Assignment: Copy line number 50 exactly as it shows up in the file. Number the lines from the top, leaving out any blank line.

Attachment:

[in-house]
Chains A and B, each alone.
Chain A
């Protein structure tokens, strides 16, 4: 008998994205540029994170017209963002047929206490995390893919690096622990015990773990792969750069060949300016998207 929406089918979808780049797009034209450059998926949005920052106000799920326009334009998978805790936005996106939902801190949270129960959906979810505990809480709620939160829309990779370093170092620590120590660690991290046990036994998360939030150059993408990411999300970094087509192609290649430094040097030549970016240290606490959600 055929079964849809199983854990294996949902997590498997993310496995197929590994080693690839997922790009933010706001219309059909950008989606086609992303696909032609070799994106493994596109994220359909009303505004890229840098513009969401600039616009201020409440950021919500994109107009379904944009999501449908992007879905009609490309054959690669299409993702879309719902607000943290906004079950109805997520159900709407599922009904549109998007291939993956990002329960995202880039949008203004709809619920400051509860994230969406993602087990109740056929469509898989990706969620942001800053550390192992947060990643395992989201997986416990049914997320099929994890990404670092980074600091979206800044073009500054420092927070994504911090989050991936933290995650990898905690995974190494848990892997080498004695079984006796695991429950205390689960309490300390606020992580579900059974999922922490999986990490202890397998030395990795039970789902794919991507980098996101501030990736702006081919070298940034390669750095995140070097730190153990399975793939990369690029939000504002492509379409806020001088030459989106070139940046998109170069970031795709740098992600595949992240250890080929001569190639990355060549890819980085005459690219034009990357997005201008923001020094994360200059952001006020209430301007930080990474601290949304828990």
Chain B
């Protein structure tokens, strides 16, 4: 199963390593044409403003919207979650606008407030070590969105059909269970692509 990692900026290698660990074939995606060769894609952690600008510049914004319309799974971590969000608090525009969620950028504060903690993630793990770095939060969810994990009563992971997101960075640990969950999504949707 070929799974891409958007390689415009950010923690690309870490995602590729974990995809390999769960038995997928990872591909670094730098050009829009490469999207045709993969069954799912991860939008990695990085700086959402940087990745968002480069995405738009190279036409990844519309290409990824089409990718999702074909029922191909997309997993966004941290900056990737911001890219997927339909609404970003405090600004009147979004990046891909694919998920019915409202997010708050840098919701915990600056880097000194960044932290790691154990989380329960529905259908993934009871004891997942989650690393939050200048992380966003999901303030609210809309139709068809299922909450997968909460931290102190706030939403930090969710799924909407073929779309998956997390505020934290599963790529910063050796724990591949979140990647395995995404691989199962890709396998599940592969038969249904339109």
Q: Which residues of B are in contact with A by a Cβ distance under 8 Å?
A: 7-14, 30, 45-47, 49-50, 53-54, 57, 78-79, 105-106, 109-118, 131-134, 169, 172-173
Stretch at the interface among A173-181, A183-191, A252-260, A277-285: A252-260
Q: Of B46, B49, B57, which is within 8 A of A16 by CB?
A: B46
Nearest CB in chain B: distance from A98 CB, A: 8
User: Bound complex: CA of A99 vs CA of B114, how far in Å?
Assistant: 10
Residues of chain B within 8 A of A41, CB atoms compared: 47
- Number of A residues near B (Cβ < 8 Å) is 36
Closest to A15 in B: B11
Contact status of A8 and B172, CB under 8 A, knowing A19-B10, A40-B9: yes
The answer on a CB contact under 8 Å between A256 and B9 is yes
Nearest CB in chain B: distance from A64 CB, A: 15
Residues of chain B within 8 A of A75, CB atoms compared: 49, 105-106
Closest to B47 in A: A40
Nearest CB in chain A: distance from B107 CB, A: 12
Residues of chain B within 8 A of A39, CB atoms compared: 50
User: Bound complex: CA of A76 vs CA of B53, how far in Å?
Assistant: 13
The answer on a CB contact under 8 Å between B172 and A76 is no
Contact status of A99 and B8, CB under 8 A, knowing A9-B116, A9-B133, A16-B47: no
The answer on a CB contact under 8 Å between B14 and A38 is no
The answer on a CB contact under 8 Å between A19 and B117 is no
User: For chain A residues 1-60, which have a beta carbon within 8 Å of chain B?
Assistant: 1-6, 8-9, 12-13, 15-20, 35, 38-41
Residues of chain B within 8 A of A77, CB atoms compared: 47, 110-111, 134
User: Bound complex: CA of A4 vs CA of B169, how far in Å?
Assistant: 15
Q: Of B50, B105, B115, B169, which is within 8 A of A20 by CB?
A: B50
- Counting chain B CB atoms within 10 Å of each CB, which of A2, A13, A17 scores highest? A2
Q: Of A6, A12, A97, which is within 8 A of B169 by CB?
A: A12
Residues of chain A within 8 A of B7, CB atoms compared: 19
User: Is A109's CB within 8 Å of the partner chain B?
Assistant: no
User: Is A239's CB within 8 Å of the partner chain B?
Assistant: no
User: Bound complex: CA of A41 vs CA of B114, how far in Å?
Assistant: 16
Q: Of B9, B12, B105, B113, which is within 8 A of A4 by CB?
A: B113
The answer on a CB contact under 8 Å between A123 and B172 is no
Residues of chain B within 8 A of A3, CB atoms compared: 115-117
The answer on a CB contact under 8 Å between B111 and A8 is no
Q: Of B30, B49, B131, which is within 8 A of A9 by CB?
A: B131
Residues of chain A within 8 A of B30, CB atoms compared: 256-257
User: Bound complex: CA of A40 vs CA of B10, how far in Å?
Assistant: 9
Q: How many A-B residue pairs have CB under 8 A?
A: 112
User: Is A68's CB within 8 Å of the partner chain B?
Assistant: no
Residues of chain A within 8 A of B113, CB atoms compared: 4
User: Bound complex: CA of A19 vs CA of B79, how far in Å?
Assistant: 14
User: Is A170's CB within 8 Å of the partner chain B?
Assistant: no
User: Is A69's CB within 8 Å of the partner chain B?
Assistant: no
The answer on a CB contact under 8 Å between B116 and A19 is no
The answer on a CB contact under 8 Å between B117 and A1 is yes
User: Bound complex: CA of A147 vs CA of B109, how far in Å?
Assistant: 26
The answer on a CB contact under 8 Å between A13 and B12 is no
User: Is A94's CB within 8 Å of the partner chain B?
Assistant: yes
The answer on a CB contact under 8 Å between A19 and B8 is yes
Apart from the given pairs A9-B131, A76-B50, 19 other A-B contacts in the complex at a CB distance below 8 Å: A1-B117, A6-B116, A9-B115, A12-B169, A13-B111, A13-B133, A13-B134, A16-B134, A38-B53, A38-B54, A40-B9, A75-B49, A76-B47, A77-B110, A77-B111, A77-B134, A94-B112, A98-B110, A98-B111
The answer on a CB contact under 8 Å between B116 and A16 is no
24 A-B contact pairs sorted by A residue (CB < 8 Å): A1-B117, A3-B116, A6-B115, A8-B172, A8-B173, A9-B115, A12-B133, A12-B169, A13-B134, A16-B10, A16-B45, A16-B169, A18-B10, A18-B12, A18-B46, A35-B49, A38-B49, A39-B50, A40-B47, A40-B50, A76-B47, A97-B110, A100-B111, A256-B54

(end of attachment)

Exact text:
The answer on a CB contact under 8 Å between A123 and B172 is no